Post your favorite game recipes here. Include preparations like sausage, etc. Include any photos of the process if you have them ;) Enjoy !
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By Pic-N-Stick
I started with a fresh (aged 1 week) tenderloin from a 1.5 year-old doe. Cut it in half so you have 2 pieces the same length. Then butterflied both halfs to give 2 thin wide slabs. I marinaded them in Jack Daniels Steakhouse that comes in the zipseal bags for an hour or so. I laid them out, heated 1.5 ounces of bacon drippings (I always keep some in the fridge) and spread it on. Then it was rolled up, both halfs togather, wrapped in Hickory smoked bacon and tightly tied with roast twine. Into the oven uncovered at 325 until the internal temp was 140. I also basted it with the drippings a couple times. After 10 minutes rest time, we were in for a real treat! WOW! Fantastic! Picture included for Anthony! Anyone's mouth watering, yet? :mrgreen:
By Ghostman
I'm glad gun seasons on the 22nd this month your killing me with that scrumshious tenderloin!
You listed aged 1 week, can you explain that procedure you use? We refrigerate hang ours for aging and get any wild out of them so to speak.

I'll surely keep this reciepe, thanks for sharing it.

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By Pic-N-Stick
I hunt all year long, sometimes in warm or hot wearher. So I quickly quarter the deer and place it in a contractor bag from Home Depot. In a 6 day cooler I place a bed of ice in the bottom, then the deer in bag, and fill the rest of the cooler with ice. That ice melts quite a bit as it initially brings the venison down to temp, so I re-pack the cooler the next day, then as needed for a week or 10 days. It keeps the water from direct contact with the meat, but doesn't dry it out like in a fridge or hanging. I place a piece of plywood over the cooler covered loosly with a tarp, silver side up to reflect the heat away. The drain is left open to let the water from melting ice out. I've done it this way for probably around 100 deer and the results are terriffic! I've never had an issue with these bags contaminating the venison and tissues break down making it more tender and less gamey. Give it a try!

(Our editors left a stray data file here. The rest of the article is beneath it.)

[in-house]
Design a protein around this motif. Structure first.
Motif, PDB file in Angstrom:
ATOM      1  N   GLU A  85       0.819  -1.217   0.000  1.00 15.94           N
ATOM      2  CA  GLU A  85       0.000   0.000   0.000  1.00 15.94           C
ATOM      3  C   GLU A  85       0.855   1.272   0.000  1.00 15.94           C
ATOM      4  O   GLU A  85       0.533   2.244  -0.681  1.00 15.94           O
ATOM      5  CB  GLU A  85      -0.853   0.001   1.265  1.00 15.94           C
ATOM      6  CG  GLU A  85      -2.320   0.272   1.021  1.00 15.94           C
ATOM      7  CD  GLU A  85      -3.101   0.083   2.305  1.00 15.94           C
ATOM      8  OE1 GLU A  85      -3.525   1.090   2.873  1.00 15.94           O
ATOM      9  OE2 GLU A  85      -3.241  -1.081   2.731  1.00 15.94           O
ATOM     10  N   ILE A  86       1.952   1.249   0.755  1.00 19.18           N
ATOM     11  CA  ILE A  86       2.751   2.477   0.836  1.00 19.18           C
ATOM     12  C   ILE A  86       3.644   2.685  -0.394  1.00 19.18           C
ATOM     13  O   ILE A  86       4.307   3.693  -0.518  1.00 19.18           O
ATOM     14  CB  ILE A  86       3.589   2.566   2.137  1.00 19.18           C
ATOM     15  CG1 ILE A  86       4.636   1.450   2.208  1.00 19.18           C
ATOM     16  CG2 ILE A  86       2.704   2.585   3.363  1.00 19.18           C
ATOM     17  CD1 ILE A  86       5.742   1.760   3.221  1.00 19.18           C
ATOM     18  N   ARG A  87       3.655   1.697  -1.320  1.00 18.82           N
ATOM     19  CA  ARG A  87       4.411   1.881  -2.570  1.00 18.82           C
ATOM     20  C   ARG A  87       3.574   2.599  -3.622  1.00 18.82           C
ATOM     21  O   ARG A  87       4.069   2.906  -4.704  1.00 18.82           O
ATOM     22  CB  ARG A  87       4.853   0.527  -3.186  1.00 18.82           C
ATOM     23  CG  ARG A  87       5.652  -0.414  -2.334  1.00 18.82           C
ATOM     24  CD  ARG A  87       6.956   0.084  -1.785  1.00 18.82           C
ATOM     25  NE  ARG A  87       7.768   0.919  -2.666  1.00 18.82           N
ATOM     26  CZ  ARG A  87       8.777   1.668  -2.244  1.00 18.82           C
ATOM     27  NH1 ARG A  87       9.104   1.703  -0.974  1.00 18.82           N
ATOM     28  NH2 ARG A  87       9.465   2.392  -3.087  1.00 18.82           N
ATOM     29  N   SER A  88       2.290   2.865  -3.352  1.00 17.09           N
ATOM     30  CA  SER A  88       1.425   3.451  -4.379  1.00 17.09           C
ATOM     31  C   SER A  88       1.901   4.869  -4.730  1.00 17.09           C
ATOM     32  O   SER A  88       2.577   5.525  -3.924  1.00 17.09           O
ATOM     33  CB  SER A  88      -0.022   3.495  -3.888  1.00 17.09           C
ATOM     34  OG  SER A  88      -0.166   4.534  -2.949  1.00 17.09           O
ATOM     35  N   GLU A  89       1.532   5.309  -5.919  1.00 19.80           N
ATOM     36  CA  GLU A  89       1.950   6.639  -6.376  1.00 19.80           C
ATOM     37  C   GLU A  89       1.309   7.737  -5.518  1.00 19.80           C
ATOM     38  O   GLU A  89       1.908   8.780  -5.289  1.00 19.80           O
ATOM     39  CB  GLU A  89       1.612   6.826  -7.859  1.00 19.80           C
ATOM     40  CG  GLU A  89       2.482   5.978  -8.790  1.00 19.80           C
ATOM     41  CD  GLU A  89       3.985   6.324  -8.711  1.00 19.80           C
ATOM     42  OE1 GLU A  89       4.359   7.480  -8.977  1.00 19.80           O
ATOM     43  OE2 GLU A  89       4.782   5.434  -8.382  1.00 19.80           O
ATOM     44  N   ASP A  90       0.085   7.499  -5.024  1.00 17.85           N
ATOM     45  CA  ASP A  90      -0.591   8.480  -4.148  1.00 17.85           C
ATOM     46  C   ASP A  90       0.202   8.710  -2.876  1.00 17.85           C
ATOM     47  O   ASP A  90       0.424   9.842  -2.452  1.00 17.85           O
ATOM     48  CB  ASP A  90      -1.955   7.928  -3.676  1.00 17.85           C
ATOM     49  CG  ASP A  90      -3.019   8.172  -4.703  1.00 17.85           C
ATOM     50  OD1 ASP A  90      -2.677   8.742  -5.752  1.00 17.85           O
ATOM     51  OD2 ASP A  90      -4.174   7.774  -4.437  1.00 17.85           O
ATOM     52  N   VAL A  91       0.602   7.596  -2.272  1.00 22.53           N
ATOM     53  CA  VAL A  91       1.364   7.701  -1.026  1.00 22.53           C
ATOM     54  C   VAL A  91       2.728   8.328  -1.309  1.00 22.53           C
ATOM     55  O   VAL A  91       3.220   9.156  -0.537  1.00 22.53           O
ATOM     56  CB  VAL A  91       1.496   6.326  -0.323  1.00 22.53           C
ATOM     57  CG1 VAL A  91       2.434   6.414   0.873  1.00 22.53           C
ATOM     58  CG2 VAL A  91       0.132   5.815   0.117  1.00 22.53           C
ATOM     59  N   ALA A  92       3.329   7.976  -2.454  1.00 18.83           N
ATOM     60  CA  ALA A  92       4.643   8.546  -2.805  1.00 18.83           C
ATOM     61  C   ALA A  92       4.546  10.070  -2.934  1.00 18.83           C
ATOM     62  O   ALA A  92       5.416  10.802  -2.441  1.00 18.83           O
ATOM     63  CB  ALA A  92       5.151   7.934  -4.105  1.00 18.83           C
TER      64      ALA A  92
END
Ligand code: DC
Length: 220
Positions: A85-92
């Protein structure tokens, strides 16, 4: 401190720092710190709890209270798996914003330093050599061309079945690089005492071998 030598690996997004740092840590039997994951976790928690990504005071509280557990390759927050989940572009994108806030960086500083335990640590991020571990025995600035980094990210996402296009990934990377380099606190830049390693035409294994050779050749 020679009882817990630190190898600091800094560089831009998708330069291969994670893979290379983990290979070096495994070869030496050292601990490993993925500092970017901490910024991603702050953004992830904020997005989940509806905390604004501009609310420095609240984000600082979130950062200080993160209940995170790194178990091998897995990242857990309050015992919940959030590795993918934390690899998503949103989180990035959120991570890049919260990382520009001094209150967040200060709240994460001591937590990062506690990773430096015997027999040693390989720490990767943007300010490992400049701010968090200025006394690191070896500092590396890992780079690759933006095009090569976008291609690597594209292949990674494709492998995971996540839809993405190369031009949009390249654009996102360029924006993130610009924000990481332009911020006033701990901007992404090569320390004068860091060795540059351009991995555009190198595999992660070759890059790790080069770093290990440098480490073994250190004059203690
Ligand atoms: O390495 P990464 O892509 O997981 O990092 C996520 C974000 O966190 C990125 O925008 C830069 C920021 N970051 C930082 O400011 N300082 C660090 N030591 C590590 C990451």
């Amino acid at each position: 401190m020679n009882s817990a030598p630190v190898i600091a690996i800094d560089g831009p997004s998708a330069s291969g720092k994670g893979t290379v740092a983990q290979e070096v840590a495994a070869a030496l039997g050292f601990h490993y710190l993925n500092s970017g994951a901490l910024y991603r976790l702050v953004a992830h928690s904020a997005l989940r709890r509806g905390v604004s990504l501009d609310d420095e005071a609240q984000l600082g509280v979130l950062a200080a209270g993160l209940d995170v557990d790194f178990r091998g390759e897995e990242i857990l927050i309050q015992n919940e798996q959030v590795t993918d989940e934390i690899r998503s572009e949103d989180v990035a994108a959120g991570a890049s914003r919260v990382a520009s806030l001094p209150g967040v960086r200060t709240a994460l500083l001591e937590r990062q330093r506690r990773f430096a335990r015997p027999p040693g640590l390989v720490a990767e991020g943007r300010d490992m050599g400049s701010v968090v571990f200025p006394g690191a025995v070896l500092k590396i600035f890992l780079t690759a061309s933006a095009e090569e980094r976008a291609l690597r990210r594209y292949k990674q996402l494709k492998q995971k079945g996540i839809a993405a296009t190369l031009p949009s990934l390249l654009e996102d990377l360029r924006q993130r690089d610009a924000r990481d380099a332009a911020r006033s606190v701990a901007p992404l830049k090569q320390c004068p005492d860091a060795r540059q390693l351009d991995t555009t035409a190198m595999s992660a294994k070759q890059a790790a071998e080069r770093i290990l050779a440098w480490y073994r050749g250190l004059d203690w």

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By T-post
Very interesting!
The Contractor bags are the really heavy black ones, right?
How do you seal the bag?
Do you leave the ice chest drain closed during the initial cool down, or is the drain open all the time?
What is the best location for the ice chest...the garage, under a shade tree, back porch?

I've heard of folks doing something similar, but without the bag. They claim the melting ice "flushes out the blood" as the meat ages. I've never tried it.
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By Pic-N-Stick
I just twist the top of the bag and leave the opening at the top of the chest. I also leave the drain open the whole time. The bags are the contractor 3 mil bags in the yellow box at Home Deopt. I found that doing this without the bag leaves the venison grey and flushes too much of the natural juices.
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By nylla
Nice looking backstrap there. And I do still have one left in the freezer ...

Nearly everyone I know does the ice cooler aging. But you are correct about

I found that doing this without the bag leaves the venison grey and flushes too much of the natural juices.

None of us has ever thought about bagging it first. I will definitely be trying that. Of course some folks want it all washed out. To me, aging is what makes for great eating. You go to a high dollar steak house and they'll advertise that their steaks are aged for 28 days or such. I tend to stick with 7 to 10 days in an ice cooler. I used to go 14 days when I had a small chest style freezer. Fill it with water, throw the meat in, plug in freezer just long enough to freeze ice all around the edges and let it sit on the north side of the house, in the shade. This was winter time only. Drain and change water every now and then, before all the ice is gone.
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By iambowhunter
A doe is gonna die this weekend because of that picture and recipe. :mrgreen: :mrgreen:
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